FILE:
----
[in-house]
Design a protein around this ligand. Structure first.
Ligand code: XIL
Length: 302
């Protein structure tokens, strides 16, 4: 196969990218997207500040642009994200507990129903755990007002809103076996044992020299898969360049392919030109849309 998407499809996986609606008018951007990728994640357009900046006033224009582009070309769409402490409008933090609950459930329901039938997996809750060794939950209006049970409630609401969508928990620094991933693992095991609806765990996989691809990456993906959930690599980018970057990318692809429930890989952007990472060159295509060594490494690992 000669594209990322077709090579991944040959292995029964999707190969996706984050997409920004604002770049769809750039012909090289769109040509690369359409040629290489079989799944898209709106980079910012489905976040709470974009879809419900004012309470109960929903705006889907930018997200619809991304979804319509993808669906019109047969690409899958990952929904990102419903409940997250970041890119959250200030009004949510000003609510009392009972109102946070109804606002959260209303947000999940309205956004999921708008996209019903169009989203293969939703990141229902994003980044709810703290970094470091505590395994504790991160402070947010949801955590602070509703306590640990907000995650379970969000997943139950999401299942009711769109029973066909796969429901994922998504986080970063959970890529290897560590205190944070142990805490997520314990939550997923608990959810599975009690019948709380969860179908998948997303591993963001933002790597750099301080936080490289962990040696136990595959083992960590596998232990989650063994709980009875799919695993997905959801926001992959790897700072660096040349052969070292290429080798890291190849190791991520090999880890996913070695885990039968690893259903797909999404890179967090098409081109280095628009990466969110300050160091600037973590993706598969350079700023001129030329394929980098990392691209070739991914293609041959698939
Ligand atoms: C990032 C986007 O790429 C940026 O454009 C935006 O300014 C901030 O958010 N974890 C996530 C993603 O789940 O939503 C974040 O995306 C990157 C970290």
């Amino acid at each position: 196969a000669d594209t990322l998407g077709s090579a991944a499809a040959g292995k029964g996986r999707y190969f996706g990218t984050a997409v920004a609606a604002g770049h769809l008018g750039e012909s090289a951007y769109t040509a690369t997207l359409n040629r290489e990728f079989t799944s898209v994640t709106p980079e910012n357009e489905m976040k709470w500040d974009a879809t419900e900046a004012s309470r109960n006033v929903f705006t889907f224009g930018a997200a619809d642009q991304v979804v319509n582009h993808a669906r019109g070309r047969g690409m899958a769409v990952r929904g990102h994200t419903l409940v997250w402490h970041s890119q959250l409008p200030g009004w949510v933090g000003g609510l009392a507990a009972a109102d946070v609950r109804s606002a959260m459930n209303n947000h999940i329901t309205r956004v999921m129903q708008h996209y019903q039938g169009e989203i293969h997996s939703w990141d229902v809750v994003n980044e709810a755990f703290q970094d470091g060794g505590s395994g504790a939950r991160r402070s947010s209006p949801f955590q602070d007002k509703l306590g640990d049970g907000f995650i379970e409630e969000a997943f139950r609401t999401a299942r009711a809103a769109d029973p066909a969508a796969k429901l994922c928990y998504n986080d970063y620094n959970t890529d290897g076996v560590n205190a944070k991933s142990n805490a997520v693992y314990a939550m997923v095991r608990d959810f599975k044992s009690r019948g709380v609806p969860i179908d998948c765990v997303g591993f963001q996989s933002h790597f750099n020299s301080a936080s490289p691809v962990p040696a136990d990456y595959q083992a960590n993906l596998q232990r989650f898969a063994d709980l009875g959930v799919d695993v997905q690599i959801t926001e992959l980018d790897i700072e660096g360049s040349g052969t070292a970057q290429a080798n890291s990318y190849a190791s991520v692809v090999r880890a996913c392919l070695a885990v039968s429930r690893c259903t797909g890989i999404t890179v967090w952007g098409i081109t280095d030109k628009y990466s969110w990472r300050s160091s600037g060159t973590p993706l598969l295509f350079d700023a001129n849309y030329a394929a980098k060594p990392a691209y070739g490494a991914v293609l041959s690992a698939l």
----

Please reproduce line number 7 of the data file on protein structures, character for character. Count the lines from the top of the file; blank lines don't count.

């Amino acid at each position: 196969a000669d594209t990322l998407g077709s090579a991944a499809a040959g292995k029964g996986r999707y190969f996706g990218t984050a997409v920004a609606a604002g770049h769809l008018g750039e012909s090289a951007y769109t040509a690369t997207l359409n040629r290489e990728f079989t799944s898209v994640t709106p980079e910012n357009e489905m976040k709470w500040d974009a879809t419900e900046a004012s309470r109960n006033v929903f705006t889907f224009g930018a997200a619809d642009q991304v979804v319509n582009h993808a669906r019109g070309r047969g690409m899958a769409v990952r929904g990102h994200t419903l409940v997250w402490h970041s890119q959250l409008p200030g009004w949510v933090g000003g609510l009392a507990a009972a109102d946070v609950r109804s606002a959260m459930n209303n947000h999940i329901t309205r956004v999921m129903q708008h996209y019903q039938g169009e989203i293969h997996s939703w990141d229902v809750v994003n980044e709810a755990f703290q970094d470091g060794g505590s395994g504790a939950r991160r402070s947010s209006p949801f955590q602070d007002k509703l306590g640990d049970g907000f995650i379970e409630e969000a997943f139950r609401t999401a299942r009711a809103a769109d029973p066909a969508a796969k429901l994922c928990y998504n986080d970063y620094n959970t890529d290897g076996v560590n205190a944070k991933s142990n805490a997520v693992y314990a939550m997923v095991r608990d959810f599975k044992s009690r019948g709380v609806p969860i179908d998948c765990v997303g591993f963001q996989s933002h790597f750099n020299s301080a936080s490289p691809v962990p040696a136990d990456y595959q083992a960590n993906l596998q232990r989650f898969a063994d709980l009875g959930v799919d695993v997905q690599i959801t926001e992959l980018d790897i700072e660096g360049s040349g052969t070292a970057q290429a080798n890291s990318y190849a190791s991520v692809v090999r880890a996913c392919l070695a885990v039968s429930r690893c259903t797909g890989i999404t890179v967090w952007g098409i081109t280095d030109k628009y990466s969110w990472r300050s160091s600037g060159t973590p993706l598969l295509f350079d700023a001129n849309y030329a394929a980098k060594p990392a691209y070739g490494a991914v293609l041959s690992a698939l």